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Views from the Hawke’s Nest: Best of Sabu in NJPW

April 12, 2016 | Posted by TJ Hawke
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Views from the Hawke’s Nest: Best of Sabu in NJPW  

January 4, 1995
Sabu & Masahiro Chono vs. Junji Hirata & Tatsumi Fujinami
This match started out incredibly hot with Sabu flying all over the place and some intense brawling from the other guys. They quickly settled down into a regular tag match though, and the match lost everything that made it fun and unique during this time.

Thankfully, Sabu lost patience with this eventually. He just randomly brought in a bunch of plunder and made an overly complicated setup that led to a botched legdrop through a table. Long live the king!
Anyway, Sabu ended up hitting Hirata with a chair which allowed Chono to pin him after a boot to the face. This was #VeryOk. (**¼)



January 19, 1995
Sabu & Masahiro Chono vs. Michiyoshi Ohara & Shiro Koshinaka
This was an energetic brawl where both teams were working with a sense of urgency and purpose. You did not need context to get invested in this match. You just needed to witness how much each team clearly cared about winning. (I’m pretty sure the issue between the teams was about Ohara and Sabu decided who got to keep purple pants going forward.)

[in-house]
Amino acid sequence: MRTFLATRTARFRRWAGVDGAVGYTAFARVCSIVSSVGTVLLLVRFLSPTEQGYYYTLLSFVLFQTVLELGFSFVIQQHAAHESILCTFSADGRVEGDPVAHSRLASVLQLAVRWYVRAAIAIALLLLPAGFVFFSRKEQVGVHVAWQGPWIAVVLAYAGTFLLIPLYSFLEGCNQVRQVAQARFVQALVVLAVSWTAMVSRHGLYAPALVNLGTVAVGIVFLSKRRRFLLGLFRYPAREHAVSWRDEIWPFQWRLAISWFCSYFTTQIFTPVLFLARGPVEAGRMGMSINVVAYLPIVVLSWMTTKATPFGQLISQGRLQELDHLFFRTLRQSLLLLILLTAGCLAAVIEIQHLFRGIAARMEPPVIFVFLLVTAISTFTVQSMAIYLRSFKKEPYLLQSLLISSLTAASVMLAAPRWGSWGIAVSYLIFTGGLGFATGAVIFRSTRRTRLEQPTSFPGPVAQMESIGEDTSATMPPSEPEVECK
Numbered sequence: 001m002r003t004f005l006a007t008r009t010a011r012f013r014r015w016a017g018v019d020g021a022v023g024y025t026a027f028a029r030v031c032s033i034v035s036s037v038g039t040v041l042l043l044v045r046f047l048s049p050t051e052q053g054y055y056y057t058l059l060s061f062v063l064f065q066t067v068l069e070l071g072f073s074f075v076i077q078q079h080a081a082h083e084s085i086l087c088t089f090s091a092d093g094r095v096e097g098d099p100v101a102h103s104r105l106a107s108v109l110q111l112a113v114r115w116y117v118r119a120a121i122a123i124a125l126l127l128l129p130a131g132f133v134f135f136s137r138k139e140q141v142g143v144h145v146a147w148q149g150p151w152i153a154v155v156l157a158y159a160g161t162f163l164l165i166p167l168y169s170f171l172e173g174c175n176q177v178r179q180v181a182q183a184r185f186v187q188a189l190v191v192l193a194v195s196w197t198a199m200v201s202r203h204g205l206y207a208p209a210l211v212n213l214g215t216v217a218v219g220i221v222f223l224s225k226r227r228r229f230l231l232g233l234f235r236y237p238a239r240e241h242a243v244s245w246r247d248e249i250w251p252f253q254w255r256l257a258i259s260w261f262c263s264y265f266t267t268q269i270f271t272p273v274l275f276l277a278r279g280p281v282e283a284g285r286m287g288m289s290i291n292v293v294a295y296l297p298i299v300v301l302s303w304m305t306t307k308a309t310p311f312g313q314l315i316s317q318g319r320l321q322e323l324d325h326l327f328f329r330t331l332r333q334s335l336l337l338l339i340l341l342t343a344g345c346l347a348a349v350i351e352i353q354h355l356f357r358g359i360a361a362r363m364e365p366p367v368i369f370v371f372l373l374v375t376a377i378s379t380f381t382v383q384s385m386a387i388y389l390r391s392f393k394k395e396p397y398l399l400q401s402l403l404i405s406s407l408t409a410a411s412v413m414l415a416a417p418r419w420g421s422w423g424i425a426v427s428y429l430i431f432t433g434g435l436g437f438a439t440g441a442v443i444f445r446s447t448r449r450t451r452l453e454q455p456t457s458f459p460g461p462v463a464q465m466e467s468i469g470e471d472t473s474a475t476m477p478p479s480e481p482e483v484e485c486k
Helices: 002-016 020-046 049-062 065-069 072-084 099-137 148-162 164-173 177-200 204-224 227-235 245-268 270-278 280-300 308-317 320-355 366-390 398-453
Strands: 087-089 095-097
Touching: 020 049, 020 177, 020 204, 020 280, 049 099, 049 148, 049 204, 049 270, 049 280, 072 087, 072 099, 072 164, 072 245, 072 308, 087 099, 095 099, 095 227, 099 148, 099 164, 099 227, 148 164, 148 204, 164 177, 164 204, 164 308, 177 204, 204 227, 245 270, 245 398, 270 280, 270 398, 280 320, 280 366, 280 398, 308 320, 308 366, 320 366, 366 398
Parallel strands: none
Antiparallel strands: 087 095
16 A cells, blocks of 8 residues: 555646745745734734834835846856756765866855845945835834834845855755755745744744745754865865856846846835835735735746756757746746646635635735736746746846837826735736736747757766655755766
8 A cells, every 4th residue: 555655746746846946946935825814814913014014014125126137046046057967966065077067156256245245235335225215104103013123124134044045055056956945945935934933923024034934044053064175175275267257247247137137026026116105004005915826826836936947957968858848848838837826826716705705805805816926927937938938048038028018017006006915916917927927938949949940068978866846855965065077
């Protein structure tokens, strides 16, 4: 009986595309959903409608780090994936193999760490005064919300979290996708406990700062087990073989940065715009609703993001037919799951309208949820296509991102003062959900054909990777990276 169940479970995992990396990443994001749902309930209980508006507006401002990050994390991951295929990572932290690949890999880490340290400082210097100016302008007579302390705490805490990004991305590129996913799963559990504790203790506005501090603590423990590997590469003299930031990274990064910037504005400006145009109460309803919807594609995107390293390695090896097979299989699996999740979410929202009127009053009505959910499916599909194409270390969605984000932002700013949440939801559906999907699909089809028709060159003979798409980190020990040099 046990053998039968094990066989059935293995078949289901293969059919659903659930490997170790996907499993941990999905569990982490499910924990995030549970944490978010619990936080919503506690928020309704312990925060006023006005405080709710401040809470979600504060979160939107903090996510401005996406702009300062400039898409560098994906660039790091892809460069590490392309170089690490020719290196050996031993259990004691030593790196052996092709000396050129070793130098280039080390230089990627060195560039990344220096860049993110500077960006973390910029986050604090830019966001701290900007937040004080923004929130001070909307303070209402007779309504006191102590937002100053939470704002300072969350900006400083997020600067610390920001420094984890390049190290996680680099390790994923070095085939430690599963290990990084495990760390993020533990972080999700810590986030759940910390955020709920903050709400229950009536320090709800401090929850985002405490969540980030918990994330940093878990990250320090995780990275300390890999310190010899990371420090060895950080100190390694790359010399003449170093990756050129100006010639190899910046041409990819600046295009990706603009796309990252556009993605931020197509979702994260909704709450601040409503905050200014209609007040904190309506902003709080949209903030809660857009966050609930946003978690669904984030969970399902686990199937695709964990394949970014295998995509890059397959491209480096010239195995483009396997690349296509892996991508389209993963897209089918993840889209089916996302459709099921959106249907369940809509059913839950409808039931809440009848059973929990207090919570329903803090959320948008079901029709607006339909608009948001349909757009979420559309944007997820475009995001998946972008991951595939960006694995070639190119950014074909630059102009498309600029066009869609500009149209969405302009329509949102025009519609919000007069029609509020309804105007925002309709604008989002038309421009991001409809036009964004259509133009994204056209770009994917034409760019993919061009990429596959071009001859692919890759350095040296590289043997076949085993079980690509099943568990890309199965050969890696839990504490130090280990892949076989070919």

Also, because it’s Sabu, plunder was inserted late into the match for no reason but my amusement. This time the table did not break on a slingshot legdrop. Long live the king!

Ohara and Koshinaka ended up enduring this period of strife though and later made a huge comeback. However, while Sabu and Koshinaka brawled into the crowd, Chono finished Ohara with a big boot. This was fun! (***½)



March 13, 1995
Sabu & Masahiro Chono & Hiro Saito & Hiroyoshi Tenzan vs. Hiroshi Hase & Junji Hirata & Riki Choshu & Shinya Hashimoto
This was a ⅔ falls match.

The intensity, physicality, and sense of urgency in this match makes it so apparent how much standards and quality has dropped in Japan overall since the nineties. That’s not to say that there is not great stuff now, but everything about this match was just…intense. There is no other word for it. You felt like you were truly watching a contest of physical skill with two sides determined who were superior.